The Central Florida Tourism Oversight District Board of Supervisors has approved the proposed property tax cuts for the district’s stakeholders, which includes Walt Disney World.
During the Wednesday morning meeting, Board Chair Martin Garcia referenced the ongoing lawsuits with Disney, saying it would cause an increase in District costs and taxes.
District Administrator Glen Gilzean, Jr. officially presented the FY2024 budget before the vote. The new millage rate (tax rate) is 12.95 mills, a drop from this year’s rate of 13.9 mills.
The press release from before the tax rate was approved is below.
Central Florida Tourism Oversight District Proposes Cutting Property Tax Rate For Constituents in FY2024 Budget
Today, District Administrator Glenton Gilzean presented the FY2024 budget to the Central Florida Tourism Oversight District Board, which proposes significant cuts to the property tax rate. Specifically, the cut would reduce the current millage rate by nearly 7 percent without impacting core programs that serve the community. The rate cut is possible because of the elimination of government waste and abuse.
“We heard from constituents loud and clear at public meetings and while out and about in the community,” said Gilzean. “They do not want their tax rates to go up. We took their concerns to heart.” He added, “The district staff has worked diligently the past few months to find ways to be good stewards of taxpayer dollars while ensuring a world-class experience for the millions of people who travel to our district from around the world. We’re proud of the result.”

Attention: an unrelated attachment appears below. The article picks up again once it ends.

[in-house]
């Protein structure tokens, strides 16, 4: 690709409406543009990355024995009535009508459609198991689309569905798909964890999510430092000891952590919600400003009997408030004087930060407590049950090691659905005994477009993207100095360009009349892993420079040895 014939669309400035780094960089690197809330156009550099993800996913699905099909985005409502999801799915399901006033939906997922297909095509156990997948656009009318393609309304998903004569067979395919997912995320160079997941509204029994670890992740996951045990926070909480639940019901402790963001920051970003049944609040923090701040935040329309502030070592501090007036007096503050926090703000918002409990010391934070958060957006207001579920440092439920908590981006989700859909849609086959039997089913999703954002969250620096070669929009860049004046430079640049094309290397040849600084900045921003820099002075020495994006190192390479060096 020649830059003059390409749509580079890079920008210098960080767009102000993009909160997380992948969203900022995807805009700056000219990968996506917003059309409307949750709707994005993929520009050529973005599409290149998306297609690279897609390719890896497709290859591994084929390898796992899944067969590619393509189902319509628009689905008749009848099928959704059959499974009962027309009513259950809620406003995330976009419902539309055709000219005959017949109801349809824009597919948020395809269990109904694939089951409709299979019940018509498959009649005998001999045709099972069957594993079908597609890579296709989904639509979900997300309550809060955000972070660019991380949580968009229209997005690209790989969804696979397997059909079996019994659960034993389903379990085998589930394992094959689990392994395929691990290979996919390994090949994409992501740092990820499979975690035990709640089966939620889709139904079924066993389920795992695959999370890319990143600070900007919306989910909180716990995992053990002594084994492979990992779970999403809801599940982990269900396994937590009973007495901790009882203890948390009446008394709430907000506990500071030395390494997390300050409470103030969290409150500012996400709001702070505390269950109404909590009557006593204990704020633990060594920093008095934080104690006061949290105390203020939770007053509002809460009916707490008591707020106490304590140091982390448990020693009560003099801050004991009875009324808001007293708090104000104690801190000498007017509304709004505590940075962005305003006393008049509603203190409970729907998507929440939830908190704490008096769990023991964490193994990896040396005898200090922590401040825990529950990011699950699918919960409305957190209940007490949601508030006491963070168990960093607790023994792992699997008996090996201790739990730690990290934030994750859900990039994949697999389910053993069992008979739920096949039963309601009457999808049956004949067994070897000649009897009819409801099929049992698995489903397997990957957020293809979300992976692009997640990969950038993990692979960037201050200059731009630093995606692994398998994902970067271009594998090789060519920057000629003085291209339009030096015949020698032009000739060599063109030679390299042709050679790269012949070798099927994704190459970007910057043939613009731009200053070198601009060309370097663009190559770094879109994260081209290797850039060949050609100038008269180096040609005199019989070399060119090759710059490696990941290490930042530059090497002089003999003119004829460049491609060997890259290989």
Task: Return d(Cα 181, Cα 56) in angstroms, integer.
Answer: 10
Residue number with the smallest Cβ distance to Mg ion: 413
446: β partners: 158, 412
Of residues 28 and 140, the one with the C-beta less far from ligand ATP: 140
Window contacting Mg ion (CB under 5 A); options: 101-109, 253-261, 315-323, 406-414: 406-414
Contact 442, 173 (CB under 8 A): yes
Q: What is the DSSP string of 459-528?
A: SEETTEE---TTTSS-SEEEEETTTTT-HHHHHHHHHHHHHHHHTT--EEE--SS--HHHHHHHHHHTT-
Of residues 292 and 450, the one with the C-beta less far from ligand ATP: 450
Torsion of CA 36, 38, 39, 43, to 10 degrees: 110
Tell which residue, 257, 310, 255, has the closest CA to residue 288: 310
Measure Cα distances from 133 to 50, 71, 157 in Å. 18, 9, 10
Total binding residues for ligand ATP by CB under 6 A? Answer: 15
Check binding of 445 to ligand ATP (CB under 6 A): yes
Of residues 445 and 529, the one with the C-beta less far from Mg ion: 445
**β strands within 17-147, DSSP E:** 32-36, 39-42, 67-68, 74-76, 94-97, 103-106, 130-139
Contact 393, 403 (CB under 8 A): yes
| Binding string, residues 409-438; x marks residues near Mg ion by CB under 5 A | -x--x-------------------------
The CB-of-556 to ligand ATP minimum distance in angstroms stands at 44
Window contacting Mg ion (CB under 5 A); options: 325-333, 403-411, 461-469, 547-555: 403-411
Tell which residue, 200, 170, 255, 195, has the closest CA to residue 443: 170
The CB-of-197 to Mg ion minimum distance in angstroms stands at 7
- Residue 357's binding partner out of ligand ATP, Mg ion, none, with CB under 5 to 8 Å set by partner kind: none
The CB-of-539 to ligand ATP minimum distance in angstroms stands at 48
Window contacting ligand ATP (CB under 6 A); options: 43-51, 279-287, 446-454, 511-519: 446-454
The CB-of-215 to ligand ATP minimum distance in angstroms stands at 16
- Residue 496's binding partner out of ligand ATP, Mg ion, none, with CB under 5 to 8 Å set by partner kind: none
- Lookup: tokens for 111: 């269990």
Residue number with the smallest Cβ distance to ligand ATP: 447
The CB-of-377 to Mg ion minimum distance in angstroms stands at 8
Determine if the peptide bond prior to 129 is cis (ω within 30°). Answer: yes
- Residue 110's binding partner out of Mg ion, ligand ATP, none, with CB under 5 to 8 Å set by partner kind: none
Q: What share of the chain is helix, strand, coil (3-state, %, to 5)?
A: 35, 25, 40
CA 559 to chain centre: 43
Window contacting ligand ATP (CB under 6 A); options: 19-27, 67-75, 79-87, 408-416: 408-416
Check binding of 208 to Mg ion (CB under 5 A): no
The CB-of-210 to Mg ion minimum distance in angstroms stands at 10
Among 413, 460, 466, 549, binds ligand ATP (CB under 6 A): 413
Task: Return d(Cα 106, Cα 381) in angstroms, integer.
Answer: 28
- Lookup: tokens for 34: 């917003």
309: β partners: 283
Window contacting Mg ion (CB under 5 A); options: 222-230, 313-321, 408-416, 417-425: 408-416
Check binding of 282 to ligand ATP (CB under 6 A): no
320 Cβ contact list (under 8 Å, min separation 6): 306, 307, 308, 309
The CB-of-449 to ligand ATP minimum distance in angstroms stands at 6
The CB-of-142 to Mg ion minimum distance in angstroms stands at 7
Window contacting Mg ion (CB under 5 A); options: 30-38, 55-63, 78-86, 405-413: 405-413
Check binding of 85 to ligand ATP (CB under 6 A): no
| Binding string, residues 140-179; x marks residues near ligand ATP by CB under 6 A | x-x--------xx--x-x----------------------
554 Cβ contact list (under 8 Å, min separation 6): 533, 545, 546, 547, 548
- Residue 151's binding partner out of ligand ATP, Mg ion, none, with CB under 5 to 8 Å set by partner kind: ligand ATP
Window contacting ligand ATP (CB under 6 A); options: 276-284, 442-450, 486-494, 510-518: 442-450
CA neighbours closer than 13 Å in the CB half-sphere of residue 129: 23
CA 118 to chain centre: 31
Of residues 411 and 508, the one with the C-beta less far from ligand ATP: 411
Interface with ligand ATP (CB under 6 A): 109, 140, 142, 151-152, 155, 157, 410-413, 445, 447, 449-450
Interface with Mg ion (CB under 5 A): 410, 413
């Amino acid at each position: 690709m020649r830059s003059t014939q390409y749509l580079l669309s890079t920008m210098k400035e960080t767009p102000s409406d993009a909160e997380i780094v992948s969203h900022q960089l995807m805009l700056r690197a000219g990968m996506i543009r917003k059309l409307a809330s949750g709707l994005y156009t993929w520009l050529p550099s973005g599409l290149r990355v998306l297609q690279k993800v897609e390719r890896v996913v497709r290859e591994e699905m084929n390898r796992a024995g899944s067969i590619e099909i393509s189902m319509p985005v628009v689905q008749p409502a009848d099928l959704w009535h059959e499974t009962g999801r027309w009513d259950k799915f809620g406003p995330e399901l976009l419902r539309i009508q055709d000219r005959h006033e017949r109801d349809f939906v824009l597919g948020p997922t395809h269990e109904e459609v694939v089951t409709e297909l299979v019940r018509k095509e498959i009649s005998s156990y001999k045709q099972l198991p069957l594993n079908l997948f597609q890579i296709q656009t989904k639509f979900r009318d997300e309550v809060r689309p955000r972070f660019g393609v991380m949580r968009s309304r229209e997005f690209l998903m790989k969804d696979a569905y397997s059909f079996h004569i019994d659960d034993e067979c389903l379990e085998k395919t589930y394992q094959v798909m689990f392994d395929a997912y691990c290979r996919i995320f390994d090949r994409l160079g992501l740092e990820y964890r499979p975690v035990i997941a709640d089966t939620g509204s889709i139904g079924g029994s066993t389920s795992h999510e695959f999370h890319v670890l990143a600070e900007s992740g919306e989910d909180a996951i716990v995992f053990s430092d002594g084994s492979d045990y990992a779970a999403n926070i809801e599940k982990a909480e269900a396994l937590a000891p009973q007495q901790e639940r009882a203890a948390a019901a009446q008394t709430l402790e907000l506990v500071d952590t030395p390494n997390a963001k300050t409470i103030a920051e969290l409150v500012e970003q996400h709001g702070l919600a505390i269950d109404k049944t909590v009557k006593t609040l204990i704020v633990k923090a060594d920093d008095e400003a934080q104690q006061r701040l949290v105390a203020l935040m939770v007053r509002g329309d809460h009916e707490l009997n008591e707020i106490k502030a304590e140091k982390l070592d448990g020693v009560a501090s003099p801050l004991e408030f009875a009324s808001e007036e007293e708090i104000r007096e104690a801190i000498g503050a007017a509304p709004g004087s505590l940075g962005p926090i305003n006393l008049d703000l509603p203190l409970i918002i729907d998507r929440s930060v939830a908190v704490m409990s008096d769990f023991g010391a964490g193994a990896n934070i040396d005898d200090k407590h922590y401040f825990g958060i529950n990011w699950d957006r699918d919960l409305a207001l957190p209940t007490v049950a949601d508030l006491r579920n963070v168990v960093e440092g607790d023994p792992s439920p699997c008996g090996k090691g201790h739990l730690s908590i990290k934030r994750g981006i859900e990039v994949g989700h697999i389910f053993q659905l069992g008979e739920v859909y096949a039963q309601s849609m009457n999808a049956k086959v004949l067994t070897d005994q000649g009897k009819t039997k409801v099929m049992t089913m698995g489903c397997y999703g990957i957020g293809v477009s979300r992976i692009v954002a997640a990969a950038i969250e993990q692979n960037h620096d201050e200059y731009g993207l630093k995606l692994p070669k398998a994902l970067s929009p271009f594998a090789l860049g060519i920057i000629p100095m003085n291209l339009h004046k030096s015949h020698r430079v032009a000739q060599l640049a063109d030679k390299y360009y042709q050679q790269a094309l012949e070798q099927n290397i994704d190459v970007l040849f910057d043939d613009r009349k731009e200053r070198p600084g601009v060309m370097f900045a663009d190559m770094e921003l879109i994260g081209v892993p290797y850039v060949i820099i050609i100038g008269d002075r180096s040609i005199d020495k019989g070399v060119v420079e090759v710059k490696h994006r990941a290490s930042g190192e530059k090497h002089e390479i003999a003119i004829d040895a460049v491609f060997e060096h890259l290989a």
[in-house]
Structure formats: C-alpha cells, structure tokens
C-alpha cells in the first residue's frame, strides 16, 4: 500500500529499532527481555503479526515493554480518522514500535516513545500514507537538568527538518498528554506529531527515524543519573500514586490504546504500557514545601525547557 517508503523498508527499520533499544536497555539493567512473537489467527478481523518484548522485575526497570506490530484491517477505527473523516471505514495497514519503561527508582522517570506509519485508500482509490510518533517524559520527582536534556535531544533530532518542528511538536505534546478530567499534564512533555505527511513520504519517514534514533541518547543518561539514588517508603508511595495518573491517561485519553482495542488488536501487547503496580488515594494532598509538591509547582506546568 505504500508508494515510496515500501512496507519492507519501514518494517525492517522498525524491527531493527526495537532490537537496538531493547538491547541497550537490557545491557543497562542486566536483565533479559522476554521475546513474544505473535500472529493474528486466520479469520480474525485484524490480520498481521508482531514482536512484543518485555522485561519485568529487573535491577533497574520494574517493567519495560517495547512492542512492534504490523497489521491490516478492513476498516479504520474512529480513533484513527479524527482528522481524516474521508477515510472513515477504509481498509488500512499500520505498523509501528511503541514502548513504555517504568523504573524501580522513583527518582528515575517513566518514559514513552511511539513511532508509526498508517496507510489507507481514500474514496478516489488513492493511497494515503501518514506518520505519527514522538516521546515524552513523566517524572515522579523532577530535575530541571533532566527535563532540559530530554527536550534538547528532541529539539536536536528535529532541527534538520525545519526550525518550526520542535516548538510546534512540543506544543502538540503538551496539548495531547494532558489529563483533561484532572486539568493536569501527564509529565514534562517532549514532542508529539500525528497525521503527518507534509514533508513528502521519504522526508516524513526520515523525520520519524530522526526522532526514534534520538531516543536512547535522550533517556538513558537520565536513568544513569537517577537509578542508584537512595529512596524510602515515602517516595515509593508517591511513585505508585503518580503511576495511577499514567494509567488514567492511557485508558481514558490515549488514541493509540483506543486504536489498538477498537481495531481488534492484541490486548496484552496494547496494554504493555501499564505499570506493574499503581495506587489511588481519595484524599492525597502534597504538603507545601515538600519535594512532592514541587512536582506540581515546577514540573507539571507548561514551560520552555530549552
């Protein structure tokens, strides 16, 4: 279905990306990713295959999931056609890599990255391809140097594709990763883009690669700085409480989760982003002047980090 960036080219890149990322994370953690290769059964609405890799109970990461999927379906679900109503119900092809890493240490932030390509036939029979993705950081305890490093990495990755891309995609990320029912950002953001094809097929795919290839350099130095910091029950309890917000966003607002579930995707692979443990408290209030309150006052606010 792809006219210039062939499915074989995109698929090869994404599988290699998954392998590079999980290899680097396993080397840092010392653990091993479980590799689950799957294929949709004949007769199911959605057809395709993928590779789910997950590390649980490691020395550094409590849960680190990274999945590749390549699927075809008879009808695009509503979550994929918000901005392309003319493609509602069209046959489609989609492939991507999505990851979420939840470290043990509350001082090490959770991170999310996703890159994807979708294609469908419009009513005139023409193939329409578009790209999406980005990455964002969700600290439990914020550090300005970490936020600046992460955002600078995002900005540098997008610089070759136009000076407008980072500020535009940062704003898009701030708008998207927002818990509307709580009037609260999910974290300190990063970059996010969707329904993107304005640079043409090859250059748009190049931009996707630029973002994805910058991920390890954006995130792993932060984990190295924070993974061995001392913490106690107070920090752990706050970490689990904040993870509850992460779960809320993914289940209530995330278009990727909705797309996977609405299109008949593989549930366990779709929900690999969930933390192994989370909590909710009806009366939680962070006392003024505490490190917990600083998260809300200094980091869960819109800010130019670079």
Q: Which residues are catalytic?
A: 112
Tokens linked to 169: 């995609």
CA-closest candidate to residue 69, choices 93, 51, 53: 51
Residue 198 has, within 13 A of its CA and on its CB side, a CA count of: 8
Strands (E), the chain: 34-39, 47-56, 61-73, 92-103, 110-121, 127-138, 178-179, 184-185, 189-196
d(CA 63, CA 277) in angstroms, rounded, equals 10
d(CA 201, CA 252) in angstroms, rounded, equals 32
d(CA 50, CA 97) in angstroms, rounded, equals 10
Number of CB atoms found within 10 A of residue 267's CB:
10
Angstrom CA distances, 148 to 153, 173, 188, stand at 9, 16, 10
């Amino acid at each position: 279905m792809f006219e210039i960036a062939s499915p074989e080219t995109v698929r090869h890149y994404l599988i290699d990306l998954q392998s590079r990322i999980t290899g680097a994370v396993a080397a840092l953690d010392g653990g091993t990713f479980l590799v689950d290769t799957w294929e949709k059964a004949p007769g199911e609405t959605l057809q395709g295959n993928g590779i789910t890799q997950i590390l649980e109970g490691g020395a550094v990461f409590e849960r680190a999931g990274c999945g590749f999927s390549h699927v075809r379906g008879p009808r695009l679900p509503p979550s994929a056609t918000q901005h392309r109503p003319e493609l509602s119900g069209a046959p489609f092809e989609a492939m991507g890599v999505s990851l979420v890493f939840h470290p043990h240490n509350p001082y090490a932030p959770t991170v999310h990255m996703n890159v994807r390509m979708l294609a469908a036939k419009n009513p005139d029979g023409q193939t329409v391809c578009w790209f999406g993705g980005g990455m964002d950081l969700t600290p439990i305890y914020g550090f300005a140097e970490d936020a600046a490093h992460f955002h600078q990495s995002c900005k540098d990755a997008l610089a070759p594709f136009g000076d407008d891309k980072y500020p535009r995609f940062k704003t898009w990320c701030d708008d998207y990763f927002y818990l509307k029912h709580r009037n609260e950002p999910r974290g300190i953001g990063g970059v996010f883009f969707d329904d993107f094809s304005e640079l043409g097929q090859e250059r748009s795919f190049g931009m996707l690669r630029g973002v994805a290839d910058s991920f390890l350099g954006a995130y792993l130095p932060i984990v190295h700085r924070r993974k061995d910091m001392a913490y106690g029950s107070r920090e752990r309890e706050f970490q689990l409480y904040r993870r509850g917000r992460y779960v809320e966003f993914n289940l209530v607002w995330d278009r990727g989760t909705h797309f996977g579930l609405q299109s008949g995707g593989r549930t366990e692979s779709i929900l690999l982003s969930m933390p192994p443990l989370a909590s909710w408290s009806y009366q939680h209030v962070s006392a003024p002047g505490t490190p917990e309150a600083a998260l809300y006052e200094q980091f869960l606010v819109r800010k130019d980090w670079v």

The millage rate is the amount of tax payable per dollar of the taxable assessed value of a property. One mill is equivalent to $1 in taxes due per $1,000 of taxable assessed property value. In FY2023, the millage rate was 13.9000. The district’s proposed millage rate for FY2024 is 12.9500, a 6.8% rate decrease. The district arrived at this rate with consideration to budget requirements and property assessments from the publicly elected tax appraisers of Orange and Osceola Counties.
Gilzean’s proposed budget also outlines priorities for the district: enhancing public safety, implementing governing best practices, and prioritizing spending. In addition, the budget would increase the district’s reserve fund to include line items such as dedicated emergency response.
Further, taxpayer dollars would no longer be used to fund the private use of the public police force for commercial benefit. Over the past several years, instead of using private security or hiring additional police officers, private entities have placed the financial burden on citizens by billing the district to police their property.
The board will vote today on the proposed millage rate. This will kick off the budget approval process, which requires two public hearings and a vote in September on a final budget that contains detailed line items.